Here, we are not talking of the many everyday thoughts that run through our minds.
Hannah’s story: “Anger, fantasies, fear, despair, and obsessions — what is normal and what is not? Is your husband drinking too much? When does sadness become depression? What do those thoughts about your best friend’s wife really mean? I’ll begin with a topic near and dear to my heart: intrusive thoughts. I am a new mother. I adore my son. He is beautiful and sweet and playful. And, when he was younger, I couldn’t stand at the top of my stairs without imagining myself dropping him down the stairs and seeing his tiny, helpless body writhing in pain. Scary image? Yes! Normal? Yes!” (Hannah Reese Ph.D. Intrusive Thoughts: Normal or Not?Am I a terrible person for thinking that? psychologytoday.com)
We are concerned with- Negative thinking
“Negative thinking is any type of thinking that leads to negative consequences. It can be hard to recognize negative thinking sometimes. You may only recognize that your life isn’t working.
Identifying your negative thinking is the first step towards change. These are the common types of negative thinking. There is some overlap among them. But giving each a name makes it easier to remember them.
The Big Four Types of Negative Thinking
- All-or-Nothing Thinking: “I have to do things perfectly, and anything less is a failure.”
- Focusing on the Negatives: “Nothing goes my way. It feels like one disappointment after another.” A variation is being overly judgmental: “The world is falling apart. I don’t like what I see around me.”
- Negative Self-Labeling: “I’m a failure. If people knew the real me, they wouldn’t like me. I am flawed.”
- Catastrophizing: “If something is going to happen, it’ll probably be the worst-case scenario.”
Other Common Types of Negative Thinking
- Excessive Need for Approval: “I can only be happy if people like me. If someone is upset, it’s probably my fault.”
- Mind Reading: “I can tell people don’t like me because of the way they behave.”
- Should Statements: “People should be fair, and when they are not they should be punished.”
- Disqualifying the Present: “I’ll relax later. But first I have to rush to finish this.”
- Dwelling on the Past: “If I dwell on why I’m unhappy and what went wrong, maybe I’ll feel better.”
- Pessimism: “Life is a struggle. I don’t think we are meant to be happy. I don’t trust people who are happy. If something good happens in my life, I usually have to pay for it with something bad.”
Consequences of Negative Thinking
All-or-nothing thinking is the most common type of negative thinking, and it is a common cause of anxiety, depression, and addiction.
All-or-nothing thinking leads to anxiety because you think that any mistake is a failure. You worry that any mistake may expose you to criticism or judgment. Therefore you don’t give yourself permission to relax and let down your guard.
All-or-nothing thinking can lead to depression because when you think you have to be perfect, you feel trapped by your own unrealistic standards. Feeling trapped is one of the known causes of depression.
All-or-nothing thinking can lead to addiction because anxiety or depression feels so uncomfortable that you may turn to drugs or alcohol to escape.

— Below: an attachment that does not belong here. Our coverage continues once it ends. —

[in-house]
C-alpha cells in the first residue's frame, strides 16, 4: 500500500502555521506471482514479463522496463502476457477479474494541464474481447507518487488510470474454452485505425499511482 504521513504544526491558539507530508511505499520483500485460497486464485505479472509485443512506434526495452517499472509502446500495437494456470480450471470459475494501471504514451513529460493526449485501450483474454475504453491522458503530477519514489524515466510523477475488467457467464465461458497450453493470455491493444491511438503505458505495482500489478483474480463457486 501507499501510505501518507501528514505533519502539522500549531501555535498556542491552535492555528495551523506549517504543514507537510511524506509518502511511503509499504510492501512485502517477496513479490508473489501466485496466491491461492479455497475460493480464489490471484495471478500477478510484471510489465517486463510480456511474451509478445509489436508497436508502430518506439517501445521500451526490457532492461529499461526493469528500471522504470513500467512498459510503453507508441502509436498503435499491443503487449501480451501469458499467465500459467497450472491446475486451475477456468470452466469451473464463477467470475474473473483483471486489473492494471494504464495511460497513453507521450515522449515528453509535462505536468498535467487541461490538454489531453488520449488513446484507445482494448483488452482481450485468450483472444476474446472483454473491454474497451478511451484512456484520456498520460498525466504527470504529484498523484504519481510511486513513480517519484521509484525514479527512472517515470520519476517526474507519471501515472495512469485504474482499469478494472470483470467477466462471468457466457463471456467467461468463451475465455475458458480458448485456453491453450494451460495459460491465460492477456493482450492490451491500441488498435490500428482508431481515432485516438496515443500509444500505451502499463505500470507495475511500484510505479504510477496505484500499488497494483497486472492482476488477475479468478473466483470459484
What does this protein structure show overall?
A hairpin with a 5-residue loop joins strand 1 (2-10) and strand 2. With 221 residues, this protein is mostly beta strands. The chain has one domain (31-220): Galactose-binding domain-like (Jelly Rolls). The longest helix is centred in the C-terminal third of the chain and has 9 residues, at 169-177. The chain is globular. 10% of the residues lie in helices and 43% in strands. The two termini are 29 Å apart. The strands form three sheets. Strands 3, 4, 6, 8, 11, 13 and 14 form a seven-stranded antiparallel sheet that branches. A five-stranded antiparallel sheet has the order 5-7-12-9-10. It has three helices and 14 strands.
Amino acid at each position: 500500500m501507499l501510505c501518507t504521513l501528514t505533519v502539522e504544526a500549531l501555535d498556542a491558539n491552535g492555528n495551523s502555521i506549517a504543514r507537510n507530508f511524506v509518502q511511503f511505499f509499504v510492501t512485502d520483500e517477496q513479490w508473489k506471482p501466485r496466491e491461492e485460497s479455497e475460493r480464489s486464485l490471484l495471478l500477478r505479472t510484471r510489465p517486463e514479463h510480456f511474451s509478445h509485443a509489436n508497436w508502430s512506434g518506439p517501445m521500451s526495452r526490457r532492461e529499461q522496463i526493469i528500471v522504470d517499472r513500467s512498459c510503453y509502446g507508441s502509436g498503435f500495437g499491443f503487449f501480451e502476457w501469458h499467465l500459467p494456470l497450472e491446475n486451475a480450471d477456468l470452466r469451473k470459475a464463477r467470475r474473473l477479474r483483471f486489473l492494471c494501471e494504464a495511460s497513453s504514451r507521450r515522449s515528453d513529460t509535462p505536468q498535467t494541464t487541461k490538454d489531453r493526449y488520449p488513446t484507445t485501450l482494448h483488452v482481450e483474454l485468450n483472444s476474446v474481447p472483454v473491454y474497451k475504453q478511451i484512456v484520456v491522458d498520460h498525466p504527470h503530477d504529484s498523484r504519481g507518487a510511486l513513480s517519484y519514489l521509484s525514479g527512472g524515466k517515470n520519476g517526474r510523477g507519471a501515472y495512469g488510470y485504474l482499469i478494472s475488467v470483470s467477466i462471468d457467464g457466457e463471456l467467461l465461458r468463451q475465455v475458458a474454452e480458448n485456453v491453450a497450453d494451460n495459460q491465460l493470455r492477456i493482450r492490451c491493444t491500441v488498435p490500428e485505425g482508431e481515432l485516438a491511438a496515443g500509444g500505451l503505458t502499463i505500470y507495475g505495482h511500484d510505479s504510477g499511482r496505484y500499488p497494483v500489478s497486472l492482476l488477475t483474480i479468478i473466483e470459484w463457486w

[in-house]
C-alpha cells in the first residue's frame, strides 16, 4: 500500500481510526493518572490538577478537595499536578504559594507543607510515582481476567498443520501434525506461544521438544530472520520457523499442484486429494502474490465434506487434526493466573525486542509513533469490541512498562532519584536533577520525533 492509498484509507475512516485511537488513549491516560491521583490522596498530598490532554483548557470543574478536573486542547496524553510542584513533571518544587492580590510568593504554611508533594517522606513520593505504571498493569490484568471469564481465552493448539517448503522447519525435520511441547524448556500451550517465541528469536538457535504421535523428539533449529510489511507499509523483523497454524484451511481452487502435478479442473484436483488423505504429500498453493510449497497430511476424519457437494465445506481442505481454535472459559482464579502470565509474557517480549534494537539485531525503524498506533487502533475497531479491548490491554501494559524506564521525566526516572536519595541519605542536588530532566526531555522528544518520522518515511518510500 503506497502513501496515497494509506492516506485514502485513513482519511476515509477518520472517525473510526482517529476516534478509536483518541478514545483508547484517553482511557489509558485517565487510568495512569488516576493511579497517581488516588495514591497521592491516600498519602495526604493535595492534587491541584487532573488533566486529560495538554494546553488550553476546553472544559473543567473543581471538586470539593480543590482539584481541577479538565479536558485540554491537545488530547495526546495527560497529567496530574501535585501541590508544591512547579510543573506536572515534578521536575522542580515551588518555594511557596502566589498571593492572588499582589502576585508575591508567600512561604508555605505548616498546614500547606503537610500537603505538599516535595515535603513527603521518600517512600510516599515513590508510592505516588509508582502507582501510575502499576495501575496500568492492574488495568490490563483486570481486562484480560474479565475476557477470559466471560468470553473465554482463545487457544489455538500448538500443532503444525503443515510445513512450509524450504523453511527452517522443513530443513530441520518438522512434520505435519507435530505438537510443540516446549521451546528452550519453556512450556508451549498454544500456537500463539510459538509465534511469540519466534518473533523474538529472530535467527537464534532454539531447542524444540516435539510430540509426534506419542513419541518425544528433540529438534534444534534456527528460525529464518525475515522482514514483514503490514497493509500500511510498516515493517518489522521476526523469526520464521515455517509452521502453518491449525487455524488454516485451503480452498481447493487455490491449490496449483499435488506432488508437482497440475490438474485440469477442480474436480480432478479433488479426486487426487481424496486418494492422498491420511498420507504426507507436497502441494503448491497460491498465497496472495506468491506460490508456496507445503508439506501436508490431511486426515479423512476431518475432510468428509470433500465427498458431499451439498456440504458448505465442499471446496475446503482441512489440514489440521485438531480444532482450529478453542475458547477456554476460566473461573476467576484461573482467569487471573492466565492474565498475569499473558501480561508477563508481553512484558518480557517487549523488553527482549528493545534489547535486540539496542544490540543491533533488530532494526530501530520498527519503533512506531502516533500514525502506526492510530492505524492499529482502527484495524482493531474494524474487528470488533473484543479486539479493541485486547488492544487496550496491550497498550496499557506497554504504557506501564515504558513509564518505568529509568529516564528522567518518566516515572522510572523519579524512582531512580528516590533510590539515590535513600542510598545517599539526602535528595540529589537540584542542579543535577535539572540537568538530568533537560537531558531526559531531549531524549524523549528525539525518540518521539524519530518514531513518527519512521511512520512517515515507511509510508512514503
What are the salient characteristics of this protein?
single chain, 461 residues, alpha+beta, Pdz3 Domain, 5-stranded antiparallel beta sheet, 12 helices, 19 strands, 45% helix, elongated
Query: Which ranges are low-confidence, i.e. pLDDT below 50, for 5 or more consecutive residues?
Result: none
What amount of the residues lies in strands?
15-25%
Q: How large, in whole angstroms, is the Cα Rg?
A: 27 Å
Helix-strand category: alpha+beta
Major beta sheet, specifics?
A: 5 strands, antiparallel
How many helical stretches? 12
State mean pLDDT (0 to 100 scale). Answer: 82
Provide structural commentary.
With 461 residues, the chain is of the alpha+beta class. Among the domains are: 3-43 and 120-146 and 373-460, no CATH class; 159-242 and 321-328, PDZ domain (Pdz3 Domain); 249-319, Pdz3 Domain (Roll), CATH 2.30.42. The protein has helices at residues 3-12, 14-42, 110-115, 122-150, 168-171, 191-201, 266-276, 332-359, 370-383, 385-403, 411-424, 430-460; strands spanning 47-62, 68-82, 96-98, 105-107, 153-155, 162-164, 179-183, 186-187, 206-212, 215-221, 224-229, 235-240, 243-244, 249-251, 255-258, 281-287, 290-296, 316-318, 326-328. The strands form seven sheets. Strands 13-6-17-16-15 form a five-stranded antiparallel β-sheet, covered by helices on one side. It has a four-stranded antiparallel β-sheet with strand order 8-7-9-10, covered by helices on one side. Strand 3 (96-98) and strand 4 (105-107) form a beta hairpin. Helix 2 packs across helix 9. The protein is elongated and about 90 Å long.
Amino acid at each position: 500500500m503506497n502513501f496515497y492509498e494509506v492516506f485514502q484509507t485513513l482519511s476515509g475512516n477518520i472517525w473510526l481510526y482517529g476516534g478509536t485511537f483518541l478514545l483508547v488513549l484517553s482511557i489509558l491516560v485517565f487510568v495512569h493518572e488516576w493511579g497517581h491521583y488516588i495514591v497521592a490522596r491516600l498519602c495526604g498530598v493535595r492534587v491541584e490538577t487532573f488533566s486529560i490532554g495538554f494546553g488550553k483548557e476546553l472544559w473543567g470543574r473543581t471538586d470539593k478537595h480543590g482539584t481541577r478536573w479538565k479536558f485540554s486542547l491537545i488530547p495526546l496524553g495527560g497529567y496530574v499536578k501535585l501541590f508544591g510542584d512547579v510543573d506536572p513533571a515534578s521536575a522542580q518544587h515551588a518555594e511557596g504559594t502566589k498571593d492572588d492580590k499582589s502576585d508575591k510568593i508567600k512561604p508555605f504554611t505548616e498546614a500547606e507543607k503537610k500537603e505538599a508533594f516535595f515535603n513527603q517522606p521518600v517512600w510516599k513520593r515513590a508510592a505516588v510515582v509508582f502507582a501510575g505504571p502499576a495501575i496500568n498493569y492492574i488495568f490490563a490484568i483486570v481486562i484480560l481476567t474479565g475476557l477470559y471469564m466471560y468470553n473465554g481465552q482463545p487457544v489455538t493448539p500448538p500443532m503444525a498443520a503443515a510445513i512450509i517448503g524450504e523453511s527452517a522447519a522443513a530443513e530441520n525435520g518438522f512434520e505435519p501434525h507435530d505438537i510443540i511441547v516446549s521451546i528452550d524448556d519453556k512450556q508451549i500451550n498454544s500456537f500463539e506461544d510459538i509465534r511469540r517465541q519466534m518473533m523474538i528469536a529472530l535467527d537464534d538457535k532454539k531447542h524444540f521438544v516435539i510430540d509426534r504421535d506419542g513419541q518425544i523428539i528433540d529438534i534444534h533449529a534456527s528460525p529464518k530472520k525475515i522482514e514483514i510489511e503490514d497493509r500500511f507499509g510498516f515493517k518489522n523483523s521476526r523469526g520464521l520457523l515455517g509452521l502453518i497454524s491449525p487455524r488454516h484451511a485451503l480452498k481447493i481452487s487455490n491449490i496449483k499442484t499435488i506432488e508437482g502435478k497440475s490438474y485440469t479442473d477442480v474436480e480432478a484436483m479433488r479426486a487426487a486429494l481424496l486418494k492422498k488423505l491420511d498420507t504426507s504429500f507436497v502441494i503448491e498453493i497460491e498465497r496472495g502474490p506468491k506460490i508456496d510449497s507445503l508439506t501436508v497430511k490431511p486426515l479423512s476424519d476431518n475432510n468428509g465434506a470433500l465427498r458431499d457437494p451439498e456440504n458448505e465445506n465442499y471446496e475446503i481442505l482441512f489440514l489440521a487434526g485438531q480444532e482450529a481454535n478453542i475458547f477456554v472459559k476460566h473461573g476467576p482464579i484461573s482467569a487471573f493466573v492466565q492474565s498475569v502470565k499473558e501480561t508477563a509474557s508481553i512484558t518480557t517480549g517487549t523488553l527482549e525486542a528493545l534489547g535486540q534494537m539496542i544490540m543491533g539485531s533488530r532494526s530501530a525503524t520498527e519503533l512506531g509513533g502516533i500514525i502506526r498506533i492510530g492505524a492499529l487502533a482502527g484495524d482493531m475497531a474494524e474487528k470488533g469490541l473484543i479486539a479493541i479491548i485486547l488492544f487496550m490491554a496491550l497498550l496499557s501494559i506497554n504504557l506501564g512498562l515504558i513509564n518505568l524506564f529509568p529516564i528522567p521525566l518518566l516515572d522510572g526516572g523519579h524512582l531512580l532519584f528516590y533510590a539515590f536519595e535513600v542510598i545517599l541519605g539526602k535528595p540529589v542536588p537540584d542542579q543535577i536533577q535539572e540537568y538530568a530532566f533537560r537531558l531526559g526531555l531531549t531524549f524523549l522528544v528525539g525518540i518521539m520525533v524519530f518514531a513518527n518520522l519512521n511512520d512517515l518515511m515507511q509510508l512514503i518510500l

Negative thinking not only leads to unhappiness, it is also an obstacle to self-change. When you think in an all-or-nothing way, any change feels like a big deal. You can’t see the small steps, and you don’t have the energy to take big steps, therefore you feel stuck. (cognitivetherapyguide.org/negative-thinking-patterns)
Treatment- Cognitive Behavioral Therapy
Hunt M.A. “Cognitive Behavioral Therapy (also known by the abbreviation as CBT) is described by fellow mental health professional, Ben Martin Psy.D of Psyche Central as a short-term, goal-oriented psychotherapy treatment that takes a hands-on, practical approach to problem-solving.
Most professionals, would agree, its goal is to change patterns of thinking or behavior that are behind people’s difficulties, and so change the way they feel. It is used to help treat a wide range of issues in a person’s life, from sleeping difficulties or relationship problems, to drug and alcohol abuse or anxiety and depression. CBT works by changing people’s attitudes and thereby focusing on the thoughts, images, beliefs and attitudes that we hold (our cognitive processes) and how this relates to the way we behave, as a way of dealing with emotional problems.
Cognitive behavioral therapy tends to be short, taking just months for most emotional problems. Ideally, clients attend one session per week, each session lasting about an hour. During this time, we are working together to understand what the problems are and to develop a new strategy for tackling them. CBT introduces our clients to a set of principles that they can apply whenever they need to, and which will stand them in good stead throughout their lives. Behavioral therapy pays close attention to the relationship between our problems, our behavior and our thoughts. CBT is based on the idea that it’s not the events themselves that upset us but the meanings we give them.
One might encounter a situation, thinking, “This always happens to me. I’m a failure.” Instead of focusing on the specifics of the event, deciding on how to deal with them- leaving out the negative generalizations. Thinking, behaving and feeling this debilitating way may start a downward spiral. CBT helps people to correct these misinterpretations.” (Matthew Hunt M.A. COGNITIVE BEHAVIORAL THERAPY In a nutshell, Counselingondemand.com)
This is where Counseling on Demand comes in.
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